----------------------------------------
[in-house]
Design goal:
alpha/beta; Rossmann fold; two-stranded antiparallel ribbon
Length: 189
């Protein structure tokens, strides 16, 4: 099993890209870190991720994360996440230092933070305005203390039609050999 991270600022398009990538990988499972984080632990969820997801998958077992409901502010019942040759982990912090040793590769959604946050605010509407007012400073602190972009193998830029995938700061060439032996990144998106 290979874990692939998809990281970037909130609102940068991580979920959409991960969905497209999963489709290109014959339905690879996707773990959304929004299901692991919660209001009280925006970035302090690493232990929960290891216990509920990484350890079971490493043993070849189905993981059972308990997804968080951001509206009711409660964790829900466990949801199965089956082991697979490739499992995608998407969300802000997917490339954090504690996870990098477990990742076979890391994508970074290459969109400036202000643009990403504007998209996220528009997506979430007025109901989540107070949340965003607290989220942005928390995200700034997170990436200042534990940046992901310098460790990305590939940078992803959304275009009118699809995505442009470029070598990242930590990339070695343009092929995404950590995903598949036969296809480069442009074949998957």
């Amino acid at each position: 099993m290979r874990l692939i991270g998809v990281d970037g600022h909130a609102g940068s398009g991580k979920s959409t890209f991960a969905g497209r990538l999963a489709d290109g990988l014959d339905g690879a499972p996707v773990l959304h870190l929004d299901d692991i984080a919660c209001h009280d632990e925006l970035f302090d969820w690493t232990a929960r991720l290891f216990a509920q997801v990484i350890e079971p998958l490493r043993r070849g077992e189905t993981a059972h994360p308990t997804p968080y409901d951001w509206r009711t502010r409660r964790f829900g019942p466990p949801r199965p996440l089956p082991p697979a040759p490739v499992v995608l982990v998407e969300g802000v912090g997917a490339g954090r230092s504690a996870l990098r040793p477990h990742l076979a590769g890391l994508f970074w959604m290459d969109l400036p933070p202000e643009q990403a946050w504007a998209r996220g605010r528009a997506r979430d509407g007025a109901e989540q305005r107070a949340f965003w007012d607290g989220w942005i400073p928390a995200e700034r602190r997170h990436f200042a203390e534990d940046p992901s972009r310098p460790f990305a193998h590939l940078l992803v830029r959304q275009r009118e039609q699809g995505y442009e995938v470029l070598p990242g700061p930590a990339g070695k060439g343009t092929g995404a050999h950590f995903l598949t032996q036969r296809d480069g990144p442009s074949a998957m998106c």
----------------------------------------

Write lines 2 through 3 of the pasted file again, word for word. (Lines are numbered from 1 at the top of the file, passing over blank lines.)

Design goal:
alpha/beta; Rossmann fold; two-stranded antiparallel ribbon